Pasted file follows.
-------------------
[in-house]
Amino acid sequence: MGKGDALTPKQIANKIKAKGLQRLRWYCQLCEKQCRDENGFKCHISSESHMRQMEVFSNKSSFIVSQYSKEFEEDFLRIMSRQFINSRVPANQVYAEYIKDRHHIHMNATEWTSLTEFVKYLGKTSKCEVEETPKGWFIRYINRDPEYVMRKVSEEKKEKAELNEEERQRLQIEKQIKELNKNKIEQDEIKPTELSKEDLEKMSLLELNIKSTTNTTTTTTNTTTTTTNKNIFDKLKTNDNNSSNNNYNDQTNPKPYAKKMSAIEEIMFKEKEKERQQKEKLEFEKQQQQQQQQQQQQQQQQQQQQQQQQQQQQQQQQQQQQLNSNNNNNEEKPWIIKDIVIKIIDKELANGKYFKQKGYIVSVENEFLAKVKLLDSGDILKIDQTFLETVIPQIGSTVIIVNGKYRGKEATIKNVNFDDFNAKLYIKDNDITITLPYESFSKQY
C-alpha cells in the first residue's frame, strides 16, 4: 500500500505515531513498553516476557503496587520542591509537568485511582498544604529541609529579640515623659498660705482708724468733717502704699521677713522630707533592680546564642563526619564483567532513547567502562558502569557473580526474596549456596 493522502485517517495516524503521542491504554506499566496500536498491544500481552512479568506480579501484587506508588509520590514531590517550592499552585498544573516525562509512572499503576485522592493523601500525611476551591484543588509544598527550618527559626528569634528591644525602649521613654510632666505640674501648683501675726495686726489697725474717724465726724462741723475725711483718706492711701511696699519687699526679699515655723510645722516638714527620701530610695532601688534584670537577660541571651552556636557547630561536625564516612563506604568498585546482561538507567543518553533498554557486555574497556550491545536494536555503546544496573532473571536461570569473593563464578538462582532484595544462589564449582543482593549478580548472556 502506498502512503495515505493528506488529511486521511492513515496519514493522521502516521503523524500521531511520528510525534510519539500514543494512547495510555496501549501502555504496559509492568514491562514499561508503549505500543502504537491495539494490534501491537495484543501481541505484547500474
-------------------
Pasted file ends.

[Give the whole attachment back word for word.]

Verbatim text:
[in-house]
Amino acid sequence: MGKGDALTPKQIANKIKAKGLQRLRWYCQLCEKQCRDENGFKCHISSESHMRQMEVFSNKSSFIVSQYSKEFEEDFLRIMSRQFINSRVPANQVYAEYIKDRHHIHMNATEWTSLTEFVKYLGKTSKCEVEETPKGWFIRYINRDPEYVMRKVSEEKKEKAELNEEERQRLQIEKQIKELNKNKIEQDEIKPTELSKEDLEKMSLLELNIKSTTNTTTTTTNTTTTTTNKNIFDKLKTNDNNSSNNNYNDQTNPKPYAKKMSAIEEIMFKEKEKERQQKEKLEFEKQQQQQQQQQQQQQQQQQQQQQQQQQQQQQQQQQQQQLNSNNNNNEEKPWIIKDIVIKIIDKELANGKYFKQKGYIVSVENEFLAKVKLLDSGDILKIDQTFLETVIPQIGSTVIIVNGKYRGKEATIKNVNFDDFNAKLYIKDNDITITLPYESFSKQY
C-alpha cells in the first residue's frame, strides 16, 4: 500500500505515531513498553516476557503496587520542591509537568485511582498544604529541609529579640515623659498660705482708724468733717502704699521677713522630707533592680546564642563526619564483567532513547567502562558502569557473580526474596549456596 493522502485517517495516524503521542491504554506499566496500536498491544500481552512479568506480579501484587506508588509520590514531590517550592499552585498544573516525562509512572499503576485522592493523601500525611476551591484543588509544598527550618527559626528569634528591644525602649521613654510632666505640674501648683501675726495686726489697725474717724465726724462741723475725711483718706492711701511696699519687699526679699515655723510645722516638714527620701530610695532601688534584670537577660541571651552556636557547630561536625564516612563506604568498585546482561538507567543518553533498554557486555574497556550491545536494536555503546544496573532473571536461570569473593563464578538462582532484595544462589564449582543482593549478580548472556 502506498502512503495515505493528506488529511486521511492513515496519514493522521502516521503523524500521531511520528510525534510519539500514543494512547495510555496501549501502555504496559509492568514491562514499561508503549505500543502504537491495539494490534501491537495484543501481541505484547500474